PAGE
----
In operation, the IR source 612 irradiates the first beveled edge 621 of the wafer 601. IR radiation is transmitted through the first beveled edge 621 of the wafer and beneath the patterned surface 602 structure on the wafer 601. In particular, the transmitted IR radiation evanescently probes the status of the patterned surface structure 602, resulting in scattered IR radiation that exits the second beveled edge 622 of the wafer 601 to the IR detector 613. The IR detector 613 detects the scattered IR radiation and reports the detection to the computer system 615. The computer system 615 can communicate with the IR control and optics subsystem 614 to analyze the detected IR radiation to determine a state (and/or effect) of a wafer process 611 applied to the wafer 601. One skilled in the art will recognize that these system components may be augmented or rearranged without limiting the teachings of the present invention.
In certain embodiments, the beveled edges 621, 622 may be multiply paired across the back face of the wafer 601 to form a plurality of IR waveguides that may be probed to determine characteristics over a variety of specific areas of the wafer 601 during processing. This may permit adjustment of the wafer process 611 spatially over the various areas of the wafer 601 to ensure uniform processing over the entire wafer surface over a wide variety of process variations and wafer surface conditions.
FIGS. 7 and 8 show in-situ MIR-IR systems for side-bevel and under-bevel wafer configurations, respectively, in accordance with certain embodiments of the invention. Referring to FIG. 7, a system detecting the surface state of a wafer 701/patterned film stack 702 interface by the absorption/transmission of IR radiation through the wafer 701 is provided. For the MIR-IR system shown in FIG. 7, the wafer 701 is provided as an IR waveguide for sampling a patterned film stack 702 formed on the wafer 701. The waveguide structure is facilitated by incident 703 and exit 704 beveled surfaces at sides of the wafer 701 that permit transmission of IR signals from an IR source 705 through the incident beveled surface 703 and detection by an IR detector 706 as the IR radiation exits through the exit beveled surface 704. The absorption/transmission of IR radiation through the wafer 701 detected by the IR detector 706 is then analyzed by computer/software 707. The computer/software 707 can also control a wafer process 710 according to the analysis results.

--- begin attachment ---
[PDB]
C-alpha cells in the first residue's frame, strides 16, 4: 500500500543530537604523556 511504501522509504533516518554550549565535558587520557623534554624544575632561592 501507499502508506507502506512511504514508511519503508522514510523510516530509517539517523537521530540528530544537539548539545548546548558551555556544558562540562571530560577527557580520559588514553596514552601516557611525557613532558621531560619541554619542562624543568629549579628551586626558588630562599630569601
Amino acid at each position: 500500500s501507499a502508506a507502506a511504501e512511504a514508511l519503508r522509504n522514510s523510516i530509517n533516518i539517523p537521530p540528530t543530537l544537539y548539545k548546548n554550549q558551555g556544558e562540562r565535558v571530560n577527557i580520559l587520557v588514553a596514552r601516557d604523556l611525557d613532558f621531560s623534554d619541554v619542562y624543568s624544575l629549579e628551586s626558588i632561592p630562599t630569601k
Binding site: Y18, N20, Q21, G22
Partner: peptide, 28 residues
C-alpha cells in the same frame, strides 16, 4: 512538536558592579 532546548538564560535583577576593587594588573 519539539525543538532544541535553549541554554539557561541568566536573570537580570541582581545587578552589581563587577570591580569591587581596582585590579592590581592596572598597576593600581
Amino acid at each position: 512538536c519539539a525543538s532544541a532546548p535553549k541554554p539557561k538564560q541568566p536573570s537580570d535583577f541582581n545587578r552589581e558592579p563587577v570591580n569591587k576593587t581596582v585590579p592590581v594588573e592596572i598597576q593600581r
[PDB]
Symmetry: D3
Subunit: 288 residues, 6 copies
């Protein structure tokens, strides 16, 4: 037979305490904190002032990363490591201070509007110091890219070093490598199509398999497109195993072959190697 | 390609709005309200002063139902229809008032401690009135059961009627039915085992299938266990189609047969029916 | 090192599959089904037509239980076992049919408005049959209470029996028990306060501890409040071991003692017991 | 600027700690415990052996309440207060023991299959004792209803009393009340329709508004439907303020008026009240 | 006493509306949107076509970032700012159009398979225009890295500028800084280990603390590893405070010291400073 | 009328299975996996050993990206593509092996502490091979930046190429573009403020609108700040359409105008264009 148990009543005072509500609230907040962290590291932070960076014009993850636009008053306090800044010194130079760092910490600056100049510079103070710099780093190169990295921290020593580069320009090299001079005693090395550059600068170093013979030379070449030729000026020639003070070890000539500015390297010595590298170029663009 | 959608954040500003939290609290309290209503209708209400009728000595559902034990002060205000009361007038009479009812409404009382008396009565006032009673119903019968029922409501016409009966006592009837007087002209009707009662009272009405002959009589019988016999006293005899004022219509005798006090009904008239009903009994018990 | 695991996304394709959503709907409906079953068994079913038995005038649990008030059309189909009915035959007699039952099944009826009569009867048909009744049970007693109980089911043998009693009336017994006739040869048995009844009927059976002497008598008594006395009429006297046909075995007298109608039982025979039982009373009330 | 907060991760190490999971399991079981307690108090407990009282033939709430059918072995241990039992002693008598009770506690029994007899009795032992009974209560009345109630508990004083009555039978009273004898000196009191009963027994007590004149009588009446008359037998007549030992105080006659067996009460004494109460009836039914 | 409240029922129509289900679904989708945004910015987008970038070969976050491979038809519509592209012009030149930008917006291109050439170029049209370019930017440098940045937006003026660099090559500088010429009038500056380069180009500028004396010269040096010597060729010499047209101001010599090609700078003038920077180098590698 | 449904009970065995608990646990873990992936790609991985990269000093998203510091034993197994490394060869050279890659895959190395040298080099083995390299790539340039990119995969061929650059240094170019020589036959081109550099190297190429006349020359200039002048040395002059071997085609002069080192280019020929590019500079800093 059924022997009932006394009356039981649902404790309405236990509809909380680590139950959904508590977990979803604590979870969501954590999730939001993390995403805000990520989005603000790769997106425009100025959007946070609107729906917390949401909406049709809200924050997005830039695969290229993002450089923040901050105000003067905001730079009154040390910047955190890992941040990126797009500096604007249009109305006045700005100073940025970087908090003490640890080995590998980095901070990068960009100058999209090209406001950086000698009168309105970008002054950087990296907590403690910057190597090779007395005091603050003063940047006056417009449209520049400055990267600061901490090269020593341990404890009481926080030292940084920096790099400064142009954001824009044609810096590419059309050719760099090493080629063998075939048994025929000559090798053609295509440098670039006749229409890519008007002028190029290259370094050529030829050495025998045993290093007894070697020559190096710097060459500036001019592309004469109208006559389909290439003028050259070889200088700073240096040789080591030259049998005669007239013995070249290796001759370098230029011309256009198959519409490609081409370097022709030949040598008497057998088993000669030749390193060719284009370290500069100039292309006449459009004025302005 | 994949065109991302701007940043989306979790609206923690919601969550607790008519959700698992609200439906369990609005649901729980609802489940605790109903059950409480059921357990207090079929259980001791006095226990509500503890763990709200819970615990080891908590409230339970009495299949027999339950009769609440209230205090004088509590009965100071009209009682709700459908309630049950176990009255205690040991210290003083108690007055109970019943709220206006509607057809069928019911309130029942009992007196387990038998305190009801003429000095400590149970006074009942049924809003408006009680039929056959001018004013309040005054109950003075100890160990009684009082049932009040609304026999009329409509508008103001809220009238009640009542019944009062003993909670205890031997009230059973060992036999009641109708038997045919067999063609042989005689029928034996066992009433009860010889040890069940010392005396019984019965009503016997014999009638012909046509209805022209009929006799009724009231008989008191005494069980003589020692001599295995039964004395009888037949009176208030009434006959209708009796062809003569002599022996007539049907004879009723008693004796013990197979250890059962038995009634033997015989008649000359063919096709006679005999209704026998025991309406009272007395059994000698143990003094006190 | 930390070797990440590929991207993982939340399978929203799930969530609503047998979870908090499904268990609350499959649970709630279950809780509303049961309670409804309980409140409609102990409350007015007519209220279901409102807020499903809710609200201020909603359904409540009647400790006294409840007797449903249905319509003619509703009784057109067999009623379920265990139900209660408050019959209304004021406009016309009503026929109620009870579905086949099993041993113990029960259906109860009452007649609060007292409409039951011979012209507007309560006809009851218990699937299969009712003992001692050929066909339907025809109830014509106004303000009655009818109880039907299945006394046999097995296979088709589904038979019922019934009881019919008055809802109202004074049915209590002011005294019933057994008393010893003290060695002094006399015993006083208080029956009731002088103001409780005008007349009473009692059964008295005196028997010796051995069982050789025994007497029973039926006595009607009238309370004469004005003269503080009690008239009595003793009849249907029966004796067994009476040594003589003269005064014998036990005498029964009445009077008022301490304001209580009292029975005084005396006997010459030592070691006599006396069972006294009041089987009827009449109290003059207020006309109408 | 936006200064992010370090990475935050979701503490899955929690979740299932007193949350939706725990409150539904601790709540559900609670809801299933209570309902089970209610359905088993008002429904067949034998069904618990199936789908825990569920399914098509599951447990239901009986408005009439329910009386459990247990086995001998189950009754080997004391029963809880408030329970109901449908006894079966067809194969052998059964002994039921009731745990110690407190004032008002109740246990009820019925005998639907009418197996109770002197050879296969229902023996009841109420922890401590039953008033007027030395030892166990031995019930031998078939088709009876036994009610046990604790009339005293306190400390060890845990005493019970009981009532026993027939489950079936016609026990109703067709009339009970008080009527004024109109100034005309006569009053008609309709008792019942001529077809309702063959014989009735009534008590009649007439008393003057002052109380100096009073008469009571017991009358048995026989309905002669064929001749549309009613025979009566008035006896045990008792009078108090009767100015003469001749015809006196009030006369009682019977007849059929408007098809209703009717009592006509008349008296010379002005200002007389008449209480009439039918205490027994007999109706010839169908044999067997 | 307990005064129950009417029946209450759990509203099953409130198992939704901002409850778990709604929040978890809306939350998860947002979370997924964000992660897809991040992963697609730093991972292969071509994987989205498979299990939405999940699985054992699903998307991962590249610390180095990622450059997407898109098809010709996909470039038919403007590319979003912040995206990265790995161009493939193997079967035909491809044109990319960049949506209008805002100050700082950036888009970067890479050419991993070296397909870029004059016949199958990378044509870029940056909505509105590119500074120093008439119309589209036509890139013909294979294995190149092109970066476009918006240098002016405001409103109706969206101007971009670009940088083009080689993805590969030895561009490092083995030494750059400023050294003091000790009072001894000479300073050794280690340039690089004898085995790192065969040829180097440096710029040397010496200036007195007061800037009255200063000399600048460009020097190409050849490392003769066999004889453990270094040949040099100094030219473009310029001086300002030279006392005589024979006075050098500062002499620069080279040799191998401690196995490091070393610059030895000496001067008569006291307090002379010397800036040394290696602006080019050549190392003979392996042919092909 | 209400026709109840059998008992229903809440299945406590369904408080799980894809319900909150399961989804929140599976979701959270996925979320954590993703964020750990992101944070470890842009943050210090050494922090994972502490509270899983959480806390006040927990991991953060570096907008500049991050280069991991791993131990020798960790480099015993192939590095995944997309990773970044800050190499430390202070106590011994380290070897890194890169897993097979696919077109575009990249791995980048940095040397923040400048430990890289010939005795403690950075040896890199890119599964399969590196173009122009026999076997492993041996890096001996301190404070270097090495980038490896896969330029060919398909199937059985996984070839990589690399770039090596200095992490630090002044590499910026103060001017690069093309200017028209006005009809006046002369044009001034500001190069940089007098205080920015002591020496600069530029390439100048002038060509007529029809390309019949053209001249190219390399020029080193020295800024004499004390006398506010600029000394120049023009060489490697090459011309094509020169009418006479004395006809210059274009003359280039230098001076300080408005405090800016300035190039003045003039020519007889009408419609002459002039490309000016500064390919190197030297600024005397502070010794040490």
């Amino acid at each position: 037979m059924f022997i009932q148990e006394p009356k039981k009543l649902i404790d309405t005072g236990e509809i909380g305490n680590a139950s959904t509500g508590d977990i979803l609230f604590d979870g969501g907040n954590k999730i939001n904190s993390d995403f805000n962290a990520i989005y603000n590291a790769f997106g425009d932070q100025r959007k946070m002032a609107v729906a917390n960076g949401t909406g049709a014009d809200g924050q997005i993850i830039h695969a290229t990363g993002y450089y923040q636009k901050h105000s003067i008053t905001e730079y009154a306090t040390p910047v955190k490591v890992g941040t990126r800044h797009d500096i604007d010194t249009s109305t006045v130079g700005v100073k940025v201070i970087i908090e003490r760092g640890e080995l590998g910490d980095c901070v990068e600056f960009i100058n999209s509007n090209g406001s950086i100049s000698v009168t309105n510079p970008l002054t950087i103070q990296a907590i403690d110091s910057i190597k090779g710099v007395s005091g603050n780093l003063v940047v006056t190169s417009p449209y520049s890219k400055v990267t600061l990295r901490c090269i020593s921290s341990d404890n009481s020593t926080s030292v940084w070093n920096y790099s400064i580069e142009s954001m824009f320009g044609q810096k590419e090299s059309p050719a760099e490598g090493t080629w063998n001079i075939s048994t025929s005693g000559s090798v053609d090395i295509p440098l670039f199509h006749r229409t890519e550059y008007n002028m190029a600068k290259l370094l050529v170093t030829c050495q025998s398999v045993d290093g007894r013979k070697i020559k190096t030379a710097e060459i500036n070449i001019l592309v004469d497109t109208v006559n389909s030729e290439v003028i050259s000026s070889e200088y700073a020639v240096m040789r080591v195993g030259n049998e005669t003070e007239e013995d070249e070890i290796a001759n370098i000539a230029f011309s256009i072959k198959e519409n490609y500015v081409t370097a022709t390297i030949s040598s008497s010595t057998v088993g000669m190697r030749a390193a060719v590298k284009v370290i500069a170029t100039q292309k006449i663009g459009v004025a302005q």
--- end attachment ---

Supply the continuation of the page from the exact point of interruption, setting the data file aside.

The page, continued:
An under-bevel wafer configuration is shown in FIG. 8. Similarly to the embodiments shown in FIG. 7, the surface state of a wafer 801/patterned film stack 802 can be determined interface by the absorption/transmission of IR radiation through the wafer 801. In the embodiment shown in FIG. 8, the wafer 801 forms a waveguide structure by incorporating incident 803 and exit 804 beveled surfaces beneath the wafer 801 back face to permit the entry of IR signals from an IR source 805 and detection of IR radiation from the exit beveled surface 804 by an IR detector 806. The absorption/transmission of IR radiation through the wafer 801 detected by the IR detector 806 is then analyzed by computer/software 807. The computer/software 807 can also control a wafer process 810 according to the analysis results. Differently from the system shown in FIG. 7, the system shown in FIG. 8 may utilize an isolation chamber 808 to protect the back face of the wafer 801 during the wafer process 810, and thus permits the system to be utilized in real-time while the wafer process 810 is utilized to fabricate the patterned film stack 802.